Permit question


#1

Are homeowners required to get a permit if they want to redo the roof on their own house themselves?


#2

Generally speaking, yes. In most places you see Kestas, a permit is nothing more than a tax.

Are they taxing bathroom breaks where you live yet?


#3

Kestas I don’t know Michigan standards, however the permit & subsequent inspections are a bit of a guarantee that the minimum standards will be met both in product selection & method of installation when the work is done.


#4

“Are homeowners required to get a permit if they want to redo the roof on their own house themselves?”

Roofing work on anything may or may not require a permit, depending on the municipality and the scope of work. You will need to call the building dept of the municipality that the building is in and inquire as to if a permit is needed or not. We usually aquire the permit for the homeowner as a courtesy but it can be a pain more often than not.


#5

The task of pulling permits can range greatly from city to city or county to county in MN.

Some cities charge a fee based on value, some charge a flat rate. One city will charge as much as $385 for a roofing permit while another city will charge a flat rate of $25.50, $40, or $60 (these are the lowest prices) for a roofing permit.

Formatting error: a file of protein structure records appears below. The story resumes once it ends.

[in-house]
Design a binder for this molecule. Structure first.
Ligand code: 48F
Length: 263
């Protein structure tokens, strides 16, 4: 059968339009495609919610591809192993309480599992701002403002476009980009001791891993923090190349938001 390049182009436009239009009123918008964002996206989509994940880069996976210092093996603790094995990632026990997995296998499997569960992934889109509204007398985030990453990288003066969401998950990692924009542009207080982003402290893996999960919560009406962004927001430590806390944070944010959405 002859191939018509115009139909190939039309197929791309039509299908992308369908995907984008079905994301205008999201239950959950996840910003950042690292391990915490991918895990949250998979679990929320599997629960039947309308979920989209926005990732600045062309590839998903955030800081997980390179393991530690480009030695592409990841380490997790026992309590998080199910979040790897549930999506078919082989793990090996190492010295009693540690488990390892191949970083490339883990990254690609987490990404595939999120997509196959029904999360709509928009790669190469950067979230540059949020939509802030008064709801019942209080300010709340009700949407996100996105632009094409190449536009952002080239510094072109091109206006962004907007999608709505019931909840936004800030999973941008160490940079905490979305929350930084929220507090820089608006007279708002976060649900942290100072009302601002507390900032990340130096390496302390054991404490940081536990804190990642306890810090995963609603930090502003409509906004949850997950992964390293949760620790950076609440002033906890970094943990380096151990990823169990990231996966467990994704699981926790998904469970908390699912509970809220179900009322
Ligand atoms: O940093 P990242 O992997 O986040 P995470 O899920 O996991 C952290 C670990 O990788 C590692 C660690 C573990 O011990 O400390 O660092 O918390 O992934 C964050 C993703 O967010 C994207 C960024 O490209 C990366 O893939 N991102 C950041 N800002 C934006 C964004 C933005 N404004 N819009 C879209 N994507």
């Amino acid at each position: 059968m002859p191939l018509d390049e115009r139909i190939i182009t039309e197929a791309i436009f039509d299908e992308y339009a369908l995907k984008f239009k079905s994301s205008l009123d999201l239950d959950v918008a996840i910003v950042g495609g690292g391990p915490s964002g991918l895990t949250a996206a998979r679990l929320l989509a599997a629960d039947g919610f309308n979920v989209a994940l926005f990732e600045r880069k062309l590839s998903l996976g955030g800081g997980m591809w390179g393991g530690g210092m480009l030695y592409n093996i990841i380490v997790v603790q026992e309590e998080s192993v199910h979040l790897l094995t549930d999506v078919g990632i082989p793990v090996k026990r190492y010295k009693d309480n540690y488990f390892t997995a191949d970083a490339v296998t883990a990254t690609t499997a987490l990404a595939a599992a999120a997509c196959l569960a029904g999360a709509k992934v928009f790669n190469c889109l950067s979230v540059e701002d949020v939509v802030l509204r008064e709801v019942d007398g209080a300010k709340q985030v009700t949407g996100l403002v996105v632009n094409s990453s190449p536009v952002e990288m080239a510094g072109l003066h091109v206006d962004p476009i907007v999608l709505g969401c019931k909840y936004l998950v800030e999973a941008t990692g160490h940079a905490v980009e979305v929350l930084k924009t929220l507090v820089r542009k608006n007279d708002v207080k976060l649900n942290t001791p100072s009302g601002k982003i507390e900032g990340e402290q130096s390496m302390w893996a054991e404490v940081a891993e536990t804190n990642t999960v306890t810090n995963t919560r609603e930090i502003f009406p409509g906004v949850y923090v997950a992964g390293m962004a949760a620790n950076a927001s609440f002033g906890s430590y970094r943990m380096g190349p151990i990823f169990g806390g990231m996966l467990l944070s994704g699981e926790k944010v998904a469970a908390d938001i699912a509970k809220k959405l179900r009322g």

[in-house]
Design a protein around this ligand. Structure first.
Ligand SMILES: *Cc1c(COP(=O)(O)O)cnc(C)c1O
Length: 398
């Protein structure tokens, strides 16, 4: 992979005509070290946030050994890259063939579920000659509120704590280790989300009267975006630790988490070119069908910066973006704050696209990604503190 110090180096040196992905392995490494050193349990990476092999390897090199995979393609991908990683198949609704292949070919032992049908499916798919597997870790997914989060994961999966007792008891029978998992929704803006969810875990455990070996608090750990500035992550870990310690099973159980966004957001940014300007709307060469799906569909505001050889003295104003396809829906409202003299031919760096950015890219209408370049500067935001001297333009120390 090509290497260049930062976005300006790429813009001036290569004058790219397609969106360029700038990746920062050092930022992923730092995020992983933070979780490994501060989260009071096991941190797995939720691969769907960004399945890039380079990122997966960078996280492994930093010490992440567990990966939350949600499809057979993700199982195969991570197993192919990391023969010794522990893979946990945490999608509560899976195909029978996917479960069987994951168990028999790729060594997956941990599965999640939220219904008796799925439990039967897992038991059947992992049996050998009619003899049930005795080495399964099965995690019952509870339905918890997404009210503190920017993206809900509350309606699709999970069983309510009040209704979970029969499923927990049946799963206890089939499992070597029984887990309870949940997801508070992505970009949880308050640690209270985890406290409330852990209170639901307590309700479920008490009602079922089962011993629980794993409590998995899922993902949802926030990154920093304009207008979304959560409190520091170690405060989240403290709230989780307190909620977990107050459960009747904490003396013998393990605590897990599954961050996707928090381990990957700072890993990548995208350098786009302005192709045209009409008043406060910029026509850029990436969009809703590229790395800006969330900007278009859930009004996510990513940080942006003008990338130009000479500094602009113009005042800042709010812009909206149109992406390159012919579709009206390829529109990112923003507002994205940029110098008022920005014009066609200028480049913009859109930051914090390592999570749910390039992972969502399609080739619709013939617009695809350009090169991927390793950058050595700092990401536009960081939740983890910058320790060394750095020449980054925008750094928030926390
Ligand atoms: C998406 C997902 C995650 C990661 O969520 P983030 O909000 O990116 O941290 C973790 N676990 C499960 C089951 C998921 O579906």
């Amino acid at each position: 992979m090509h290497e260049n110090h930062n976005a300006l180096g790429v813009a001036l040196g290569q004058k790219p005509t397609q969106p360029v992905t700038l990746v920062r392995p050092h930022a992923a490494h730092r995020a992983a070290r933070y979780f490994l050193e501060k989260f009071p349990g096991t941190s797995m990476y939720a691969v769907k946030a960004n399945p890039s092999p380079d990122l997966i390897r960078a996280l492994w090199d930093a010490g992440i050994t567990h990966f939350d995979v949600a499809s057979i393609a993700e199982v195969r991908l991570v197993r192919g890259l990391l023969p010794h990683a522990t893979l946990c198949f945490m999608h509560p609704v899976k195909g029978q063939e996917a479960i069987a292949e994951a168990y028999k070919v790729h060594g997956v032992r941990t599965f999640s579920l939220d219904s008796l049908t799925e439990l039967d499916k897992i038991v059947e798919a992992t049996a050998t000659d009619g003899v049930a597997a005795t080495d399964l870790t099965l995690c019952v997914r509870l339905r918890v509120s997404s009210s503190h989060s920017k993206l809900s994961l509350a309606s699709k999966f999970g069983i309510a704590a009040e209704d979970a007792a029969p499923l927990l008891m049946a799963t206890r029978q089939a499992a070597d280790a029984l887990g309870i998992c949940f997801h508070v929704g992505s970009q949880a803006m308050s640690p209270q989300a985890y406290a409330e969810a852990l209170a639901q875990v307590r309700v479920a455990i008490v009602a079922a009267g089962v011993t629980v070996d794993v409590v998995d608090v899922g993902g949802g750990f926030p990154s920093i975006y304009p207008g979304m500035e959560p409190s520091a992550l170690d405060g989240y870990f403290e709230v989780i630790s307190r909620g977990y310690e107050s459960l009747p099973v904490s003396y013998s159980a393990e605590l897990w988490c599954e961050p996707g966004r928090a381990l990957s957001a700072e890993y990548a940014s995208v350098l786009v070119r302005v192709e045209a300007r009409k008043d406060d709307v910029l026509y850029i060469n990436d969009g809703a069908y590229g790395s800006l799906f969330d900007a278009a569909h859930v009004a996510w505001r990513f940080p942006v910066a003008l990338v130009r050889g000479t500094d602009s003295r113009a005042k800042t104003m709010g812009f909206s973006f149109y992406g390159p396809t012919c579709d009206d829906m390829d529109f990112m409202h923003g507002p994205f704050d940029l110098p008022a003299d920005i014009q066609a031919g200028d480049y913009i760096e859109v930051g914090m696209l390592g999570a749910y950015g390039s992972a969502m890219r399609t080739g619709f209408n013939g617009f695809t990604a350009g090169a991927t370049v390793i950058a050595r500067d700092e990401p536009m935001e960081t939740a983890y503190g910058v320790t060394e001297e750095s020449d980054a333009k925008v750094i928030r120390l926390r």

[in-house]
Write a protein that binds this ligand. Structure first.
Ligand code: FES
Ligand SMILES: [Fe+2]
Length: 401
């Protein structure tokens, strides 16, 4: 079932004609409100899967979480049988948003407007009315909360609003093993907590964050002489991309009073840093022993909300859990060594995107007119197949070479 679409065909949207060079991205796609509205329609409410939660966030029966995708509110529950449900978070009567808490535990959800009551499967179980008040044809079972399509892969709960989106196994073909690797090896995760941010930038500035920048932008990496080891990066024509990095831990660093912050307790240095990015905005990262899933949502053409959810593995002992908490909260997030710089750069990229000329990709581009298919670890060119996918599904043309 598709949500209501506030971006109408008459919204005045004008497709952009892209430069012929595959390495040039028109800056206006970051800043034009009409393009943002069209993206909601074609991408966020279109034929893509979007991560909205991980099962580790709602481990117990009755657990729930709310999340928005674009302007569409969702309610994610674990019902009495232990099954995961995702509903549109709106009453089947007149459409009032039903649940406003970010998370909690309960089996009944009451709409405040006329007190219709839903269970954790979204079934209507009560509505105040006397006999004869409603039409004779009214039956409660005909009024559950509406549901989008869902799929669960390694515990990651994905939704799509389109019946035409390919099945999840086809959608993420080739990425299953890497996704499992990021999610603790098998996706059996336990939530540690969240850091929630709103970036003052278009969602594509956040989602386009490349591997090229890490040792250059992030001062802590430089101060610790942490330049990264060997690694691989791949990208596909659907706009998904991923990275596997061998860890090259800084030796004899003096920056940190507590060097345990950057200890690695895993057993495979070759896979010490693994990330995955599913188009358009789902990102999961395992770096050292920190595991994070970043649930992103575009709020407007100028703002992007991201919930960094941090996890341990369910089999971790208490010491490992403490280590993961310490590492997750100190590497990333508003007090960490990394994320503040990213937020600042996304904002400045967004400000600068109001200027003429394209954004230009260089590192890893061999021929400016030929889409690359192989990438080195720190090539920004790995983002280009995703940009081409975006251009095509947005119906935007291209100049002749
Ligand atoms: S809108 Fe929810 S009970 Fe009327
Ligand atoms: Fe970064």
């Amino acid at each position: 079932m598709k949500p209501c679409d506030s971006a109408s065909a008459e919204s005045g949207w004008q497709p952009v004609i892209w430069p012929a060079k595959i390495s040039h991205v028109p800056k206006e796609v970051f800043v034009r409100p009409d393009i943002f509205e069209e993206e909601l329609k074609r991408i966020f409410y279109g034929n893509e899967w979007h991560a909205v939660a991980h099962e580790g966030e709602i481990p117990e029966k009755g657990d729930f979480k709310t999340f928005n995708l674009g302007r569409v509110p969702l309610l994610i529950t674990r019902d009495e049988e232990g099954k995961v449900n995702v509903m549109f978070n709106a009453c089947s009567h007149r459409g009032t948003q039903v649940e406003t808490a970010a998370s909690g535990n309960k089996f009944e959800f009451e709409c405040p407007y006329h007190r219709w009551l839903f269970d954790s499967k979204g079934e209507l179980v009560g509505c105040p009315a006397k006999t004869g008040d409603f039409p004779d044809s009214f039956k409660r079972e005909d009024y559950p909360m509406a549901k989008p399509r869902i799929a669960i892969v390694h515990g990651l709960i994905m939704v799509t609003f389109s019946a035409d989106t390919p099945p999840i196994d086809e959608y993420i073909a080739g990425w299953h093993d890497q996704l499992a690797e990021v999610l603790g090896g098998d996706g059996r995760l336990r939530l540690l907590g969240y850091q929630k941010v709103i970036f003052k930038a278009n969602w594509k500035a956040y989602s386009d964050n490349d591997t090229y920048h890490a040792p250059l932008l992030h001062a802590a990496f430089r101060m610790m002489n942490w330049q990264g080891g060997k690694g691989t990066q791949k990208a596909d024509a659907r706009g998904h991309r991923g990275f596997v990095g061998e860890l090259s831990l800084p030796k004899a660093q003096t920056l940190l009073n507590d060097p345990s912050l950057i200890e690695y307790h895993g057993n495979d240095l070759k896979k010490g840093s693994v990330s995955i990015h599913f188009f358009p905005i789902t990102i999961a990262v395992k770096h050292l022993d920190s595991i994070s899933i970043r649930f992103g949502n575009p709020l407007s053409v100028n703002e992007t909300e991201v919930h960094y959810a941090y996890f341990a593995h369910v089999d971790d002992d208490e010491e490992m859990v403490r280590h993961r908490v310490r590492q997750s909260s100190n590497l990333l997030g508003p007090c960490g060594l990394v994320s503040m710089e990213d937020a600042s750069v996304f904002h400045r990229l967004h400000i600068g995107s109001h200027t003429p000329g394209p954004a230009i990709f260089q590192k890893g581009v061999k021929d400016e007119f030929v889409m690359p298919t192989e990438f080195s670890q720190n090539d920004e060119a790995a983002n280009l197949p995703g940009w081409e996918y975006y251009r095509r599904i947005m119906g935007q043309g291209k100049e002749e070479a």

Most cities and counties average around $100 for permit fees which usually only take a few minutes to process and print.

Some cities want to see the decking and ice and water shield in person while other cities don’t want to see any pictures and even some cities and counties don’t need permits at all unless you change a roof slope.

Did a million dollar lake home in a county that no permit was needed a couple years ago. Last Fall shingled a half million dollar house in a county that didn’t require permits.

I agree it’s just another tax. When some cities find out that insurance companies pay permit fees they double or even triple their permit fees.


#6

Most places in Michigan do not require a permit to do roof work & where it is required the homeowner can pull their own if they are doing the work. Some of the Citys do require a permit , I know Grand Rapids does but most people & roofers don’t bother getting one in Grand Rapids . I’ve done hundreds of Roofs in Grand Rapids & I have only pulled one permit. They don’t do any inspections & its only a tax on roofers , Homeowners pull one its free.So check your local govt to see if you even need one


#7

[quote=“Tar Monkey”]“Are homeowners required to get a permit if they want to redo the roof on their own house themselves?”

Roofing work on anything may or may not require a permit, depending on the municipality and the scope of work. You will need to call the building dept of the municipality that the building is in and inquire as to if a permit is needed or not. We usually aquire the permit for the homeowner as a courtesy but it can be a pain more often than not.[/quote]

You get the Permit?..in some place you cant do that…thats funny…


#8